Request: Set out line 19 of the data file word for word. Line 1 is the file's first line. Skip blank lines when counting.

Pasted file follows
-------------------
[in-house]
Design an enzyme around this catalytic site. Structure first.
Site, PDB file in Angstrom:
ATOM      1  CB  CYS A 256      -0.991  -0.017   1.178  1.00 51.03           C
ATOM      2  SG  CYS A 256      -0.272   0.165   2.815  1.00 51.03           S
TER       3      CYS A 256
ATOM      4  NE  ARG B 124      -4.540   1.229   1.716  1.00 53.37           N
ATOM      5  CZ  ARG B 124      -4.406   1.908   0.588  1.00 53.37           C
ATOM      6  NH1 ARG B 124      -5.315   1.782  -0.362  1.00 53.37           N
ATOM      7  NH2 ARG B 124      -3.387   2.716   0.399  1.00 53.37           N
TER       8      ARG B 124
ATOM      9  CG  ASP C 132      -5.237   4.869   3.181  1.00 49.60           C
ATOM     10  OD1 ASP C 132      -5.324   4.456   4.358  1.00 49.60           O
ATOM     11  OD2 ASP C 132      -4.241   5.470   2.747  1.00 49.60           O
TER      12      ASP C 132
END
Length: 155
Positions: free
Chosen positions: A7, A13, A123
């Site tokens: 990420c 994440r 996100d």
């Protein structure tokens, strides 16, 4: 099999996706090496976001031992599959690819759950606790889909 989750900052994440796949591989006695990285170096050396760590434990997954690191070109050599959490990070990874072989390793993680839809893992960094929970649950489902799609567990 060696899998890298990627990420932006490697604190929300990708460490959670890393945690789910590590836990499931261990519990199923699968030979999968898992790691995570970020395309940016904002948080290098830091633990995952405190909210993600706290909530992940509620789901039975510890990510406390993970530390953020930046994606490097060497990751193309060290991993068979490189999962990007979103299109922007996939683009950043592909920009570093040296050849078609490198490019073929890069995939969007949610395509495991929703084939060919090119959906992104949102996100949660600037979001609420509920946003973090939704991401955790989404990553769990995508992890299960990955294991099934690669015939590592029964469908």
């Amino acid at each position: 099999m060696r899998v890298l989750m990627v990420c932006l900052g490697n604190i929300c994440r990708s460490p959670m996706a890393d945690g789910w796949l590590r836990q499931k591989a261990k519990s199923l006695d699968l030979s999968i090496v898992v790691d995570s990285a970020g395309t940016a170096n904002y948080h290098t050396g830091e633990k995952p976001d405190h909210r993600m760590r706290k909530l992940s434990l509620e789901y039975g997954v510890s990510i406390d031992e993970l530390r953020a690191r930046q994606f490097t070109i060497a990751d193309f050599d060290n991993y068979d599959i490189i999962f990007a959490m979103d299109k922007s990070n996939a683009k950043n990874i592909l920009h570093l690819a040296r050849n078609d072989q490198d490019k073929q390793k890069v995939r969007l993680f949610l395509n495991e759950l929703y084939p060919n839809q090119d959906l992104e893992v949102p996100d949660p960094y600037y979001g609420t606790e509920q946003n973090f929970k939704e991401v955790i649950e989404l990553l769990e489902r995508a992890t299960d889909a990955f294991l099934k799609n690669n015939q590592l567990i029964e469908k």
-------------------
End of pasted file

Chosen positions: A7, A13, A123